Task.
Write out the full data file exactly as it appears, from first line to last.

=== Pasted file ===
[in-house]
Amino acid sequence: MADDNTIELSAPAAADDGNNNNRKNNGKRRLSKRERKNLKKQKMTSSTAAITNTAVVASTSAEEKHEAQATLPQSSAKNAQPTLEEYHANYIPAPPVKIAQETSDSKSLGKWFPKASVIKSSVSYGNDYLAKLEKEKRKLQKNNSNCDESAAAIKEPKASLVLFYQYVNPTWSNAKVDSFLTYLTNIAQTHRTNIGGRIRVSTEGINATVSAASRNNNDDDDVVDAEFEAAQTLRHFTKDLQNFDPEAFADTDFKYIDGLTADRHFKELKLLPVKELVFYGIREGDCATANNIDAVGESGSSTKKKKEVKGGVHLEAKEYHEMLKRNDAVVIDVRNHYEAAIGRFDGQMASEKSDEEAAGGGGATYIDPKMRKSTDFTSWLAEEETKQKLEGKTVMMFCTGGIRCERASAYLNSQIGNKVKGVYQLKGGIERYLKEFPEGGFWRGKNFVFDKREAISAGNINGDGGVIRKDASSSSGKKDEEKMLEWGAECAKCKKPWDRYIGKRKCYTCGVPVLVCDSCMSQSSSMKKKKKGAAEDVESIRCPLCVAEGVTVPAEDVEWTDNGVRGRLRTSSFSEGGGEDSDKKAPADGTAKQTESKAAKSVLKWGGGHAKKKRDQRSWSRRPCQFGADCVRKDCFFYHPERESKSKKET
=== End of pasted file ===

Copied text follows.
[in-house]
Amino acid sequence: MADDNTIELSAPAAADDGNNNNRKNNGKRRLSKRERKNLKKQKMTSSTAAITNTAVVASTSAEEKHEAQATLPQSSAKNAQPTLEEYHANYIPAPPVKIAQETSDSKSLGKWFPKASVIKSSVSYGNDYLAKLEKEKRKLQKNNSNCDESAAAIKEPKASLVLFYQYVNPTWSNAKVDSFLTYLTNIAQTHRTNIGGRIRVSTEGINATVSAASRNNNDDDDVVDAEFEAAQTLRHFTKDLQNFDPEAFADTDFKYIDGLTADRHFKELKLLPVKELVFYGIREGDCATANNIDAVGESGSSTKKKKEVKGGVHLEAKEYHEMLKRNDAVVIDVRNHYEAAIGRFDGQMASEKSDEEAAGGGGATYIDPKMRKSTDFTSWLAEEETKQKLEGKTVMMFCTGGIRCERASAYLNSQIGNKVKGVYQLKGGIERYLKEFPEGGFWRGKNFVFDKREAISAGNINGDGGVIRKDASSSSGKKDEEKMLEWGAECAKCKKPWDRYIGKRKCYTCGVPVLVCDSCMSQSSSMKKKKKGAAEDVESIRCPLCVAEGVTVPAEDVEWTDNGVRGRLRTSSFSEGGGEDSDKKAPADGTAKQTESKAAKSVLKWGGGHAKKKRDQRSWSRRPCQFGADCVRKDCFFYHPERESKSKKET